BRUSSELS—Seven scientists, including a Fields medalist and the director of CERN, Europe's premier particle physics lab, have been appointed today to provide the European Commission with policy advice—bringing an end to a year of suspense since the awkward exit of Anne Glover, the first and only chief scientific adviser (CSA) in the commission's history.
The high-level group is part of a larger setup, called the Scientific Advice Mechanism (SAM), that replaces the controversial single-headed adviser role—which ended just 3 years after the previous administration created it.
The new group includes four men and three women from seven different countries and seven disciplines. They will not be employed by the commission and will keep their current jobs. They are:
∙ Polish bioinformatician Janusz Bujnicki, who leads a lab at the International Institute of Molecular and Cell Biology in Warsaw and serves on a scientific policy committee that advises Poland's science ministry;
∙ Dutch sociologist Pearl Dykstra from Erasmus University in Rotterdam, the Netherlands, who has been vice president of the Royal Netherlands Academy of Arts and Sciences since 2011;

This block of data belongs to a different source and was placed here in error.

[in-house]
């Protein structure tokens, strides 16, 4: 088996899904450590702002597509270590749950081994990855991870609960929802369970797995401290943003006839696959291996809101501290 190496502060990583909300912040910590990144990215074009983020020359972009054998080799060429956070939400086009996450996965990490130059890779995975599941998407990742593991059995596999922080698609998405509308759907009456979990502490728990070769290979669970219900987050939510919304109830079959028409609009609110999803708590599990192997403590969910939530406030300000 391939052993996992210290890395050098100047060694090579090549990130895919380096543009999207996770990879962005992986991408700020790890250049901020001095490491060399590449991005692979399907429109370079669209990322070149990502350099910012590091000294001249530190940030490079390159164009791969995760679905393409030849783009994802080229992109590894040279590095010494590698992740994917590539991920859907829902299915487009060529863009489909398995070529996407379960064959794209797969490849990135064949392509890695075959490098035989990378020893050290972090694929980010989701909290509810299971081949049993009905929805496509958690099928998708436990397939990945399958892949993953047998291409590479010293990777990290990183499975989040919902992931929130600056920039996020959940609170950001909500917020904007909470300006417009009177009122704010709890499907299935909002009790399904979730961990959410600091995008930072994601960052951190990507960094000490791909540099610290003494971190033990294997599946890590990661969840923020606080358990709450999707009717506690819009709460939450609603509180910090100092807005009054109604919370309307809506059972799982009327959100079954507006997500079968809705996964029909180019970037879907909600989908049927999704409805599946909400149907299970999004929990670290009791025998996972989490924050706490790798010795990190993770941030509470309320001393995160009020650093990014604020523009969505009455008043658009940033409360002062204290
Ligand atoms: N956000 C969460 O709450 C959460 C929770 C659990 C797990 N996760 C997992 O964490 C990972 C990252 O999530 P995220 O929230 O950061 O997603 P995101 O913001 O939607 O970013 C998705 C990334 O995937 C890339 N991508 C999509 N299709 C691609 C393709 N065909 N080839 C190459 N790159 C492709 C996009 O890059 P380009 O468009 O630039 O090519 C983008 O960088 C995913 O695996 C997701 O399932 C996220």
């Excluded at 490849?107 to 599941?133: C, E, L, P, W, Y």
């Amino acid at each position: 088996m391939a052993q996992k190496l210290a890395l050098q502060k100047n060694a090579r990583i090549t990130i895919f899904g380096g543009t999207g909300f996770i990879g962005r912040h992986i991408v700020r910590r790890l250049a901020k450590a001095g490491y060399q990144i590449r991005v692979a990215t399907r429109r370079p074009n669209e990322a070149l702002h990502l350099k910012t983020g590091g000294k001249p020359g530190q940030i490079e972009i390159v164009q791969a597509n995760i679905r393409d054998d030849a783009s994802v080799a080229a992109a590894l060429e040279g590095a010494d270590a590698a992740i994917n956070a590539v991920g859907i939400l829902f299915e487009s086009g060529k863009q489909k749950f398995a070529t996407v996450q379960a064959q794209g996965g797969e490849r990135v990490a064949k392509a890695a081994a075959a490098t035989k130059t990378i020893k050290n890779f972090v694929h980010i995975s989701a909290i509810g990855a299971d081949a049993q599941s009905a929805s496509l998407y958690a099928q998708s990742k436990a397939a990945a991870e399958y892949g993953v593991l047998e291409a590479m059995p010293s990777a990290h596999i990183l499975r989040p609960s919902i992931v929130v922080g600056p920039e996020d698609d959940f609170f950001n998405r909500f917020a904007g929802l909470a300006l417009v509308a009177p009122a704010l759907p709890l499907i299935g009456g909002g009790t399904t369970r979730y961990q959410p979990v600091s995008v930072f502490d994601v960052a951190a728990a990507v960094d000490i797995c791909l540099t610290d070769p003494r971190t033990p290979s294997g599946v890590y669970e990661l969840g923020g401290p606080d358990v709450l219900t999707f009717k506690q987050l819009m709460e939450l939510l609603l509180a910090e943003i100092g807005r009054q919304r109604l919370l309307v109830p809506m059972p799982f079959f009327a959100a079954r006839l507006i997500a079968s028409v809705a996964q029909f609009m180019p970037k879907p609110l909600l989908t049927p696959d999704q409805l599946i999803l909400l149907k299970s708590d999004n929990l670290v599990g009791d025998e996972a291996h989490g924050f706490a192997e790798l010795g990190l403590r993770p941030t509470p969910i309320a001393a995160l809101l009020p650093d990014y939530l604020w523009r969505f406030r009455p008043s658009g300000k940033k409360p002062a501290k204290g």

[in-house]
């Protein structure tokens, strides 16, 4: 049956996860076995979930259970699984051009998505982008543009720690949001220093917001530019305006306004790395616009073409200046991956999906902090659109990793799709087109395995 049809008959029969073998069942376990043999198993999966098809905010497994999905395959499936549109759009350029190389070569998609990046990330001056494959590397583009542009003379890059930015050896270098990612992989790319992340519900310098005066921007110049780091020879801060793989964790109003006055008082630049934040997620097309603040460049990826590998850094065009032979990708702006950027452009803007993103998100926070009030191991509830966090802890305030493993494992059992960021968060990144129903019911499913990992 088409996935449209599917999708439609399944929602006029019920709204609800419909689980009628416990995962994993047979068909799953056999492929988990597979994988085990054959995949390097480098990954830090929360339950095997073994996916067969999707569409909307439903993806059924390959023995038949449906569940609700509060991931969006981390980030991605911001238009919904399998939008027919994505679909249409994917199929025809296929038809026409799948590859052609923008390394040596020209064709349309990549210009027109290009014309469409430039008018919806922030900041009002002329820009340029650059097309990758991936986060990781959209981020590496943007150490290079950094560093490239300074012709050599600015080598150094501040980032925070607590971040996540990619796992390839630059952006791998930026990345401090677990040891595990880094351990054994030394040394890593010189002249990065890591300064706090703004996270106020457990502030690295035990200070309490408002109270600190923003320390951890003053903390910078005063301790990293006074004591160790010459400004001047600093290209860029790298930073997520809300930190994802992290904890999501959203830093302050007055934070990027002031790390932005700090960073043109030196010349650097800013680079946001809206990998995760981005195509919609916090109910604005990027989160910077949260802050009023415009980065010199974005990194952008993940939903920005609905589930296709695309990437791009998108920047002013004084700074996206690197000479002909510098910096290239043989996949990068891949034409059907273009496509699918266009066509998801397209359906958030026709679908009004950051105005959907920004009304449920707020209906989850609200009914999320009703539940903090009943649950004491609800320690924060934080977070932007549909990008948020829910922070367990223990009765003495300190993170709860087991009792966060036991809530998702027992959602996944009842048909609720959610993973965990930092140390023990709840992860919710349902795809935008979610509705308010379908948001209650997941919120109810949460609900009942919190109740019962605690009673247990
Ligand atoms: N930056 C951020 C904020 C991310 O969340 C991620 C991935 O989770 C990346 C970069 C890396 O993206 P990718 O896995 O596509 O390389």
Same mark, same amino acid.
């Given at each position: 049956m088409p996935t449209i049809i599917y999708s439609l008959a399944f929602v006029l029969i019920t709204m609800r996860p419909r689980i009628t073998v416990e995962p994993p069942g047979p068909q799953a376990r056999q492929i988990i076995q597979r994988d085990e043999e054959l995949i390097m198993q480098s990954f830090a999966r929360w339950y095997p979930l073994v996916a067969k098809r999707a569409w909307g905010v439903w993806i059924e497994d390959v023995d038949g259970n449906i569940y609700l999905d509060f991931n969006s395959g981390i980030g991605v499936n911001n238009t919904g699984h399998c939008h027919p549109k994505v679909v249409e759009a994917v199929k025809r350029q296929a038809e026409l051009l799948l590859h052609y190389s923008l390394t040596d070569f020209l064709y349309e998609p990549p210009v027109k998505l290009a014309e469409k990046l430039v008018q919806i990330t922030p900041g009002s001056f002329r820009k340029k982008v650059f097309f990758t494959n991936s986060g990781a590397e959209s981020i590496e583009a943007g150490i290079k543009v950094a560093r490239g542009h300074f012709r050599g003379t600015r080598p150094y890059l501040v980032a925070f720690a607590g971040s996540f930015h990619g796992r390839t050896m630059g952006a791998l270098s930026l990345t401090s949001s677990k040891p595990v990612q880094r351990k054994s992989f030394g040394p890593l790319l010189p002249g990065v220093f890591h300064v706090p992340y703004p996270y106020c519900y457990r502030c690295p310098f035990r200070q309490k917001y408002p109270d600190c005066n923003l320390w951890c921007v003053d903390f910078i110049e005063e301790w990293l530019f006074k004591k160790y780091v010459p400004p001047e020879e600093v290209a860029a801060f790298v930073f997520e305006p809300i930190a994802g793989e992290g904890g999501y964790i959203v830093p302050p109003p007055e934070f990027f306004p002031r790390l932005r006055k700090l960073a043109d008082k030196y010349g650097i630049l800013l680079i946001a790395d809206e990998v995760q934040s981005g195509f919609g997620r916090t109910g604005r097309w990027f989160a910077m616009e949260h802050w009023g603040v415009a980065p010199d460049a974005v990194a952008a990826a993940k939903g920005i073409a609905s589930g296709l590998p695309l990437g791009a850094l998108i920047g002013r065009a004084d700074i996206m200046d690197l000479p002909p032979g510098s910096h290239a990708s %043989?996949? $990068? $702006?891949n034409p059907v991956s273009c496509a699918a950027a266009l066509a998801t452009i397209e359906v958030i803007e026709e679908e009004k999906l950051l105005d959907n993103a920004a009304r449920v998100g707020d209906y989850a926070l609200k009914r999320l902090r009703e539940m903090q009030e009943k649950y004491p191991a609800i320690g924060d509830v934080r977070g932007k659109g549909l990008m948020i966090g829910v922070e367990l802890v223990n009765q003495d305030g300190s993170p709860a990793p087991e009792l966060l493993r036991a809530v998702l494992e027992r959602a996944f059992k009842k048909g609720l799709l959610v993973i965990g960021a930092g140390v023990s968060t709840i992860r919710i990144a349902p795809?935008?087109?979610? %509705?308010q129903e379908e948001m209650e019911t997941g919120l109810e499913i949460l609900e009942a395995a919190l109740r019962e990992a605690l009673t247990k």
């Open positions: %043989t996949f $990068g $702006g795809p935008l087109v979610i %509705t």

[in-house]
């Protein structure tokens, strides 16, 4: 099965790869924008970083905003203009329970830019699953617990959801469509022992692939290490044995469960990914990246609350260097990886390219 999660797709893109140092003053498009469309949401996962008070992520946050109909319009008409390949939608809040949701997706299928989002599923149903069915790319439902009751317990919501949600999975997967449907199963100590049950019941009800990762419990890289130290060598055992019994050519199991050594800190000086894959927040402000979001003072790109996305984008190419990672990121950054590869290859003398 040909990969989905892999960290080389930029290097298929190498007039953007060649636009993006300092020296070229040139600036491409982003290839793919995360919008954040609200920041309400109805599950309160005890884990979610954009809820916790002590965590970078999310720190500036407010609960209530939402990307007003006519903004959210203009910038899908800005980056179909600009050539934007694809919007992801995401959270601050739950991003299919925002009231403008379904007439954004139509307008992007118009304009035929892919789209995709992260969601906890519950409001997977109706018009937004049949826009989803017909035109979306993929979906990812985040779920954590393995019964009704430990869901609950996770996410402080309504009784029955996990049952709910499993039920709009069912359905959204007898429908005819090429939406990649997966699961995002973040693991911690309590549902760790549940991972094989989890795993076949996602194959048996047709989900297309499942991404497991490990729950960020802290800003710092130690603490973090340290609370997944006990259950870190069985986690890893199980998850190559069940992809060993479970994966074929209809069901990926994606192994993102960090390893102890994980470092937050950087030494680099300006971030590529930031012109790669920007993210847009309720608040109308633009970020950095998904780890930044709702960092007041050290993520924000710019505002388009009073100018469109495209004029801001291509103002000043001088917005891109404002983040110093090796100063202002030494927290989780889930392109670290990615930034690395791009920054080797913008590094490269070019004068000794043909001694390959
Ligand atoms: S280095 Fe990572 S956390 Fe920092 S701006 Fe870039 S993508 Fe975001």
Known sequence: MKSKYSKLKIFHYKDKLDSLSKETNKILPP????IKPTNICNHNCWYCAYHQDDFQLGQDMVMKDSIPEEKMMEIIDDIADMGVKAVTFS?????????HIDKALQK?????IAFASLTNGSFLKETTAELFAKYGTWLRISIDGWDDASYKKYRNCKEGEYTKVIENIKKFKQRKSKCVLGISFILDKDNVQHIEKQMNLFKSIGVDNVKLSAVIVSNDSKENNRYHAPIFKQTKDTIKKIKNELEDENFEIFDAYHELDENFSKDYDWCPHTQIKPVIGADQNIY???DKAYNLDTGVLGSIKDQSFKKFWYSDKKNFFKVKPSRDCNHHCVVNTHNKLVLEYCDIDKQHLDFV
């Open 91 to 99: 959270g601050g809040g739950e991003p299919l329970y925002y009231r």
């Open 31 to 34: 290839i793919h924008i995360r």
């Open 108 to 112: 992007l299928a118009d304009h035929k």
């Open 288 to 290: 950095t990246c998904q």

∙ Portuguese materials scientist Elvira Fortunato from the Universidade Nova de Lisboa in Portugal, who listed 57 patents, submitted in her name in 2012;
∙ German physicist and CERN Director Rolf-Dieter Heuer;
∙ British climate researcher Julia Slingo, the chief scientist of the United Kingdom's Met Office, which provides weather and climate change forecasts;
∙ French mathematician and Fields medalist Cédric Villani, who heads the Henri Poincaré Institute in Paris;
∙ Danish microbiologist Henrik Wegener, chief academic officer and provost of the Technical University of Denmark in Lyngby, who has expertise in food safety, zoonoses, and policy advice.
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